RP to sign air accord with Turkey this year

Turkish Airlines ready to fly from Bangkok,
but will Manila open it up?

February 26, 2010

Bangkok – The Philippine skies will soon greet the arrival of Turkish Airlines from Istanbul as the government finally confirmed its readiness to sit down with the Turkish government to discuss the forging of Air Services Agreement (ASA) between the two countries which has been deferred for two years. The ASA seeks to boost the economic cooperation between the two countries.

The Philippines begged off to conclude ASA with Turkey last year because it wanted 5th freedom right traffic between Bangkok and Manila as part of the proposal which Thailand and the Philippines aren't ready to provide because all seat entitlements between intermediary points were already taken.

Thailand and the Philippines will talk later this year to decide on opening more slot as well as discussed PAL's seat entitlement to India before forging agreements with Turkey. Istanbul already expressed their intent to sign the air deal before the end of 2009 but Manila has nothing to give on its request.

Turkish Airlines is aggressively consolidating Bangkok as its regional hub in Asia as it pursues expansion in Southeast Asia, Australia and New Zealand.

Mr Adnan Aykac, Turkish Airlines General Manager for Thailand, Vietnam and Cambodia said the "airline's business strategy is to make Bangkok its hub in Asia. Australia already allowed us connection from Bangkok."

The Australian government recently signed its first Air Services Agreement with Turkey. The agreement will allow Turkish Airlines to immediately begin up to five direct flights a week between Australia and Turkey. The agreement also allows the carriers of both countries to enter into code-share arrangements with the airlines of a third country to provide services between Australia and Turkey via intermediate destinations.

Turkish Airlines wants at least three flights a week between Istanbul and Sydney. Qantas too will have the same right but said last week that it had ''no current plans'' to fly to Istanbul via Bangkok.

"The missing link is only the Philippines as the government there is still not ready to talk. Our proposal to the Philippines is the same as those approved by Australia" Aykac added.

While the prospect of Turkish Airlines flying to Australia becomes another irritant for Qantas, Philippine Airlines and Thai Airways International has been campaigning against the grant of fifth freedom access between the two intermediate points because of overcapacity.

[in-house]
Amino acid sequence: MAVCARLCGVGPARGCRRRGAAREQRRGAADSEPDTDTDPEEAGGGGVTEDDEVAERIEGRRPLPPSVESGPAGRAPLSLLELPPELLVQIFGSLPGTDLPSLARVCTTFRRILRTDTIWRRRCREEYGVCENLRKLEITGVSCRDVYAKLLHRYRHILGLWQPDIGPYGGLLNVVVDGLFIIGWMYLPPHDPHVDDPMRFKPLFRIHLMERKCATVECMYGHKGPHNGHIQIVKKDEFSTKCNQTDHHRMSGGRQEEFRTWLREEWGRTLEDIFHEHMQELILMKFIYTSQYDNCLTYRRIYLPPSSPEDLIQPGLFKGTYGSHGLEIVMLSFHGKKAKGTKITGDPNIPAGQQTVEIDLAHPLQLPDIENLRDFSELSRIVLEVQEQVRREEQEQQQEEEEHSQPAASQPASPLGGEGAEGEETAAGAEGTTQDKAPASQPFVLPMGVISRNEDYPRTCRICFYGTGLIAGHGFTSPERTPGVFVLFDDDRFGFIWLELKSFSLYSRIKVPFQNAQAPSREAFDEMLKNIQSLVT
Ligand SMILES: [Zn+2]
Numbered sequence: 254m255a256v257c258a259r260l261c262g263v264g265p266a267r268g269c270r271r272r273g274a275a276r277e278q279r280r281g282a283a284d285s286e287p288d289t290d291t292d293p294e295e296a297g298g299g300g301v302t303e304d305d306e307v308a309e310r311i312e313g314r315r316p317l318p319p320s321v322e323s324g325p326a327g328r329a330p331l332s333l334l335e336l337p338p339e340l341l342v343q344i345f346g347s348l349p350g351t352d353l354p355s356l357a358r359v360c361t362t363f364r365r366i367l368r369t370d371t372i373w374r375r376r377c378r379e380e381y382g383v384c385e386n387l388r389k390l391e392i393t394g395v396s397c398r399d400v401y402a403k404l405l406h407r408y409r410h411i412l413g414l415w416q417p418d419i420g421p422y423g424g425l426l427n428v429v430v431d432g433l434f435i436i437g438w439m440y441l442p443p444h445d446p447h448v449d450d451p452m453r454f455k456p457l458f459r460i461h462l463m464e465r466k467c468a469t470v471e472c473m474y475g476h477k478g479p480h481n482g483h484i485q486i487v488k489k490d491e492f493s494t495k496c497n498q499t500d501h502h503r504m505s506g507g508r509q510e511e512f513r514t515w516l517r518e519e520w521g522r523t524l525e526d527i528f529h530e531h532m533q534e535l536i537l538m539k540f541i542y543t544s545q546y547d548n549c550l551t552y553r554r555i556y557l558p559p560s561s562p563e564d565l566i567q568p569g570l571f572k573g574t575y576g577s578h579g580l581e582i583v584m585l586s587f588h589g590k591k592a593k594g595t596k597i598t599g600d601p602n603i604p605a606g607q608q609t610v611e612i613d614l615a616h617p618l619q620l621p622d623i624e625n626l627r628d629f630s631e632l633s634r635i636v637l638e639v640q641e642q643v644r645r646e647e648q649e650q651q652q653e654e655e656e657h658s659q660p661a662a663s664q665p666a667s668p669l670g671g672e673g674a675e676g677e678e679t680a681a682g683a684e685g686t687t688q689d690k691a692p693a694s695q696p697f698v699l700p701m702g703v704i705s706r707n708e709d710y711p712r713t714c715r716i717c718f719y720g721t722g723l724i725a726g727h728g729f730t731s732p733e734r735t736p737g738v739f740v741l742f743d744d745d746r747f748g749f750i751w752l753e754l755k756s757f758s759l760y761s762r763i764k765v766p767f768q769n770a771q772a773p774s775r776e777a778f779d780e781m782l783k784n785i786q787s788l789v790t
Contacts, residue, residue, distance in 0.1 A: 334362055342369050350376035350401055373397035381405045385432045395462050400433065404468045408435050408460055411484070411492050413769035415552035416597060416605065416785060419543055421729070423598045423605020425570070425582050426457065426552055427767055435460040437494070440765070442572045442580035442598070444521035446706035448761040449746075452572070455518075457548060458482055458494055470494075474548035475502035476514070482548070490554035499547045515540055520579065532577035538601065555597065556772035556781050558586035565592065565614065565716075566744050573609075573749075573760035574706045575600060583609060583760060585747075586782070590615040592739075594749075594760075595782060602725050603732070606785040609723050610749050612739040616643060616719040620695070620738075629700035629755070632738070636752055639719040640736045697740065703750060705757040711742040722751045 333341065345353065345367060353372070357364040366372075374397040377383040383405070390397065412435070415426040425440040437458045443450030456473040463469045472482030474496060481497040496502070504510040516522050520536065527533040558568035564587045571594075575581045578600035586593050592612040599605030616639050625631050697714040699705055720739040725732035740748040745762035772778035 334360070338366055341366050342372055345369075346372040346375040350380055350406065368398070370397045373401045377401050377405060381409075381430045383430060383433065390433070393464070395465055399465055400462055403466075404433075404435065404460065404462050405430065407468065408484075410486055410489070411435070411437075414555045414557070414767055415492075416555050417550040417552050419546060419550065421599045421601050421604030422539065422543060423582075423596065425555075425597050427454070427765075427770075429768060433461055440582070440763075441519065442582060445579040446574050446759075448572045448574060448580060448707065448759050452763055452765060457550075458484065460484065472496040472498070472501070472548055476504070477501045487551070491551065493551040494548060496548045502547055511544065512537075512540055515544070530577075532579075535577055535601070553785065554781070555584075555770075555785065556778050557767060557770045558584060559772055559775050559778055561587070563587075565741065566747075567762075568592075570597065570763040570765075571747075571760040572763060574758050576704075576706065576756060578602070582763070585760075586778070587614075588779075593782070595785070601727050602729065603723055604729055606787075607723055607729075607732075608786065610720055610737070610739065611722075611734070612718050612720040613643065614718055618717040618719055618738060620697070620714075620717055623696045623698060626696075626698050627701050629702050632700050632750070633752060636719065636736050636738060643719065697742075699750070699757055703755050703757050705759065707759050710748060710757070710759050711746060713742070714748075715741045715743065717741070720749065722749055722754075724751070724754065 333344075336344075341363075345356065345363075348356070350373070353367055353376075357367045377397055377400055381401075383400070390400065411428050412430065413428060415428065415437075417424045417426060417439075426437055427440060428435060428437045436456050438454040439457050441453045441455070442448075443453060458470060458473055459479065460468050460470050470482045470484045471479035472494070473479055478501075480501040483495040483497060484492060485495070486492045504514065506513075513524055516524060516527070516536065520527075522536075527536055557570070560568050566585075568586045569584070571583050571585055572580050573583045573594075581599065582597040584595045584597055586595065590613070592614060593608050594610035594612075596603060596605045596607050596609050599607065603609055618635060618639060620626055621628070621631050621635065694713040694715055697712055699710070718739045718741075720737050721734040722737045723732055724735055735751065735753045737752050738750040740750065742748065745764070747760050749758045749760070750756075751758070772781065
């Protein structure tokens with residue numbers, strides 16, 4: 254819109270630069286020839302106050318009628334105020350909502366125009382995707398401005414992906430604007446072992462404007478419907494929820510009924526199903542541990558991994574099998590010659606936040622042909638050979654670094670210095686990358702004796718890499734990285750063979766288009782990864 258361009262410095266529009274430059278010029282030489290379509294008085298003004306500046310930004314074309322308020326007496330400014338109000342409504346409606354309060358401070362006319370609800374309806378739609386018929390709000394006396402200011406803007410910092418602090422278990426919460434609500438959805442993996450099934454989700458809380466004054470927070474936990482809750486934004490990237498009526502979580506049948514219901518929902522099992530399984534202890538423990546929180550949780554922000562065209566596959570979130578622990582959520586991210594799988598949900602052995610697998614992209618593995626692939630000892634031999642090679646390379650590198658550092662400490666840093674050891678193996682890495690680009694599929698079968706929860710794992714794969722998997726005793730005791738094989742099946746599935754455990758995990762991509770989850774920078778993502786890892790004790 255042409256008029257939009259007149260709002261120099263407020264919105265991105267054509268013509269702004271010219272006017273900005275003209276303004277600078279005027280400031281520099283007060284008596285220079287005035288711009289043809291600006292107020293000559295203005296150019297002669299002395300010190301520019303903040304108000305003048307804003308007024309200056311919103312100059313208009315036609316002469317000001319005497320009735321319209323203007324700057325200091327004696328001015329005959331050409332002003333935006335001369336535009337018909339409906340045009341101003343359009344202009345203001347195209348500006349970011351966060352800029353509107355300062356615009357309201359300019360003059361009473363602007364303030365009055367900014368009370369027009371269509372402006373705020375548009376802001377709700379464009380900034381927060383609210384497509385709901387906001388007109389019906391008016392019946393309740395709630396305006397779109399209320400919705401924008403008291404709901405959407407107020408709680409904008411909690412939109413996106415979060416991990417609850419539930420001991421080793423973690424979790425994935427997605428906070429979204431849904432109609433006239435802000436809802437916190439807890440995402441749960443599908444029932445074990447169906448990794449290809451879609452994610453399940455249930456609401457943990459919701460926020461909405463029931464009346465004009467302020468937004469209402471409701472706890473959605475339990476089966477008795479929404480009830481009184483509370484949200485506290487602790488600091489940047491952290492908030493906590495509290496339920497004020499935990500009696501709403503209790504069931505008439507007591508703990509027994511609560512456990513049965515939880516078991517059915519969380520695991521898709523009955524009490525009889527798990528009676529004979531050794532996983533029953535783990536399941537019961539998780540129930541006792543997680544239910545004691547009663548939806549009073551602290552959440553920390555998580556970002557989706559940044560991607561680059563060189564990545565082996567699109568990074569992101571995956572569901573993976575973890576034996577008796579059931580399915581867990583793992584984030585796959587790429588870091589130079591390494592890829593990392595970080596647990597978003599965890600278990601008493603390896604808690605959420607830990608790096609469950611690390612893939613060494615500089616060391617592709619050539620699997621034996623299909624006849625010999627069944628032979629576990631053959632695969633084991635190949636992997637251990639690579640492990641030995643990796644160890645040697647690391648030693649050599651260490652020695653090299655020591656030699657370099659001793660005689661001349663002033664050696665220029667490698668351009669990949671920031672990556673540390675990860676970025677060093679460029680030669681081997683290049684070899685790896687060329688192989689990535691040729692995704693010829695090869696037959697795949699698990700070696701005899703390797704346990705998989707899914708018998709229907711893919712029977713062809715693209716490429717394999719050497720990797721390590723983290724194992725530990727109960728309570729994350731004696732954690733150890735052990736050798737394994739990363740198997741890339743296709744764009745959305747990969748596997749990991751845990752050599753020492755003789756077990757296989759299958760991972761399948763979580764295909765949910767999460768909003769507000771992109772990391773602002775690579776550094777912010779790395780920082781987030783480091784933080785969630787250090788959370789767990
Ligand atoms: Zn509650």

The airline is currently courting Thai Airways International as its strategic partner to begin its foray not only in the Australia-New Zealand market but also for the Philippine market.

The airline plans to extend its non-stop flight from Istanbul to Bangkok through to Ho Chi Minh City in October, and possibly Kuala Lumpur and Manila extension before the end of the year at the earliest.

It hopes to increase its Istanbul-Bangkok flights from daily to twice daily later this year if its plan service extension to Australia-New Zealand with Thai pushes through. It also hopes to enter into code share agreements with Philippine Airlines with its Manila flights should its talk with Thai bogged down.

Aykac said negotiations with Thai Airways to form a code-share partnership began about a year ago and had been moving slow as TG does not see any urgency to co-operate.

For Tourism Secretary Joseph Durano, Turkish Airlines arrival to the country would be good for the tourism industry as it will not only attract Turkish tourists, but also brings other foreigners to the country, including Russians and Europeans.

“I’m confident we are getting Russian tourists out of Turkey,” Durano has said stressing that “travel habits in the West are looking towards Asia to travel. Its a good addition to Transaero Airlines which will begin service later this year."

It seems to appear however that the Department of Tourism (DoT) is always singing a different tune with that of the Civil Aeronautics Board (CAB), part of the negotiating group, which also has Department of Transportation and Communications (DoTC), Departments of Foreign Affairs (DFA), Department of Trade and Industry (DTI), and representatives from airline companies as its members.

The open skies policy is apparently part of the President's Medium-Term Development Plan for 2004 to 2010 which seeks to promote the country’s tourism industry but local opposition seems to make the policy in reality a close sky.

"While we are hopeful we can strike a deal with them later this year, we do have alternatives to support our growth in Asia. And that includes flying direct." concludes Aykac.

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